Introductions, The Correct Form
Proper introductions aren’t exactly a simple matter:
The younger person is always presented to the older or more distinguished, but a gentleman is always presented to a lady, even though he is an old gentleman of great distinction and the lady a mere slip of a girl […] No lady is ever, except to the President of the United States, a cardinal, or a reigning sovereign, presented to a man.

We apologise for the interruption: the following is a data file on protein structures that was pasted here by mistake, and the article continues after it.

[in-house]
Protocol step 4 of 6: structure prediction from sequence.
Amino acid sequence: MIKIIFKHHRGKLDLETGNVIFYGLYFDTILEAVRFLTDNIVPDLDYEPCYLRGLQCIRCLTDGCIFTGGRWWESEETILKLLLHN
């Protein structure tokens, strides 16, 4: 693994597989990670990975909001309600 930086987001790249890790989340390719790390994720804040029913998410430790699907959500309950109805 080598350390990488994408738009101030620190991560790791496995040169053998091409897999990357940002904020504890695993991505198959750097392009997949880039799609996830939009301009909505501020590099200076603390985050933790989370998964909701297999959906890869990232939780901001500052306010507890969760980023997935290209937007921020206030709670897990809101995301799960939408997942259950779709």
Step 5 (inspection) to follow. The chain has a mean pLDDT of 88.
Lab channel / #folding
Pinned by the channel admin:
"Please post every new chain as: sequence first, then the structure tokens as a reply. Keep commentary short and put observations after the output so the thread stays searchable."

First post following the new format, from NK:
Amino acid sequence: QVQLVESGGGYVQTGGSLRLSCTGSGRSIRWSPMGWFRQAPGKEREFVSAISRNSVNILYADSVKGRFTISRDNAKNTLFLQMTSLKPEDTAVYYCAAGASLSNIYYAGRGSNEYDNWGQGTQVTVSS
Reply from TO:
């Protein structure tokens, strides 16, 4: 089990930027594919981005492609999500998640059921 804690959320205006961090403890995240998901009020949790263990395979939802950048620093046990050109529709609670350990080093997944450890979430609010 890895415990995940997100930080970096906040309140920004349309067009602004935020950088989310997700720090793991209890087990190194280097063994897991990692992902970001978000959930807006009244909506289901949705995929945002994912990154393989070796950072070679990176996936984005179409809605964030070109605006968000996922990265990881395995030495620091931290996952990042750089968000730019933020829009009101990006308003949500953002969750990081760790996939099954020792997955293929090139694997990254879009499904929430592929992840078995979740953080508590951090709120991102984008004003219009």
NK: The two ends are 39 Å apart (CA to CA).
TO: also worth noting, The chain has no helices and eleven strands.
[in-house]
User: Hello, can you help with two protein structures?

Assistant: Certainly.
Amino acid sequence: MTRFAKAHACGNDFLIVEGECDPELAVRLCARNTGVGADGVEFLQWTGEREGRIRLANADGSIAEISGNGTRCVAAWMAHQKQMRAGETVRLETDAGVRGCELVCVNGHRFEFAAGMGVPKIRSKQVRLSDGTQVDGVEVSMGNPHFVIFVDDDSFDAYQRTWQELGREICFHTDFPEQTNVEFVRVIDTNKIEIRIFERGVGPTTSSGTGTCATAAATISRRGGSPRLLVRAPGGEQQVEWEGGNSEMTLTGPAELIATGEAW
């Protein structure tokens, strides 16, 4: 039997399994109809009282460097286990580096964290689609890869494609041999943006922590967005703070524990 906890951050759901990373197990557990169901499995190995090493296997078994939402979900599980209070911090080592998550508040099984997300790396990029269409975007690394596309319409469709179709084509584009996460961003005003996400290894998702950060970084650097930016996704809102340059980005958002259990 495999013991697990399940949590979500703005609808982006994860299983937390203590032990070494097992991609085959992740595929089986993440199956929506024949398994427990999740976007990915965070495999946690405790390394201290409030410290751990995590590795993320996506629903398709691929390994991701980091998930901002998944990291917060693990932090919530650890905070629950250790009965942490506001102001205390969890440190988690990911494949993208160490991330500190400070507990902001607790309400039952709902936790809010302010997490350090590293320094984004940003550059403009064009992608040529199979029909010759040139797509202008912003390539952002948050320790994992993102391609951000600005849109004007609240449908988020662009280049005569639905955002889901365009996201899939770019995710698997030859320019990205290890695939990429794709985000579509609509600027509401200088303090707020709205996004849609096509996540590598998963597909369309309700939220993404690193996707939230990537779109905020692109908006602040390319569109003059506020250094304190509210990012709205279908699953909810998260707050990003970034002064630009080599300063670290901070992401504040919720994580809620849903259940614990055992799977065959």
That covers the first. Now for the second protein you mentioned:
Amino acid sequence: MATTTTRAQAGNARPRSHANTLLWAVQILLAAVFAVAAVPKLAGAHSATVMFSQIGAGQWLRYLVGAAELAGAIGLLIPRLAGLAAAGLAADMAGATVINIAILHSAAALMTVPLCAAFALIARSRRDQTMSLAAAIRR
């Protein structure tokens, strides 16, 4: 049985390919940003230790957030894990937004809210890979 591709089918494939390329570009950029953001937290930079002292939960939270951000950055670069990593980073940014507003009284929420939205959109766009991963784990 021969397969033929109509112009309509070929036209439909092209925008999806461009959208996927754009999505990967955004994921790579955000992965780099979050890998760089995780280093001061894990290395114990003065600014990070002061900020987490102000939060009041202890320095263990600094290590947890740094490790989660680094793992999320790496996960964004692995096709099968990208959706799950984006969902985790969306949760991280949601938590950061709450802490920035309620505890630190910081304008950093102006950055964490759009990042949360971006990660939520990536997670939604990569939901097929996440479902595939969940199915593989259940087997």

Do not say: “Mr. Jones, shake hands with Mr. Smith,” or “Mrs. Jones, I want to make you acquainted with Mrs. Smith.” Never say: “make you acquainted with” and do not, in introducing one person to another, call one of them “my friend.” You can say “my aunt,” or “my sister,” or “my cousin” — but to pick out a particular person as “my friend” is not only bad style but, unless you have only one friend, bad manners — as it implies Mrs. Smith is “my friend” and you are a stranger.
One has to be wary of inflection, and things get even more complicated when you have to actually shake hands.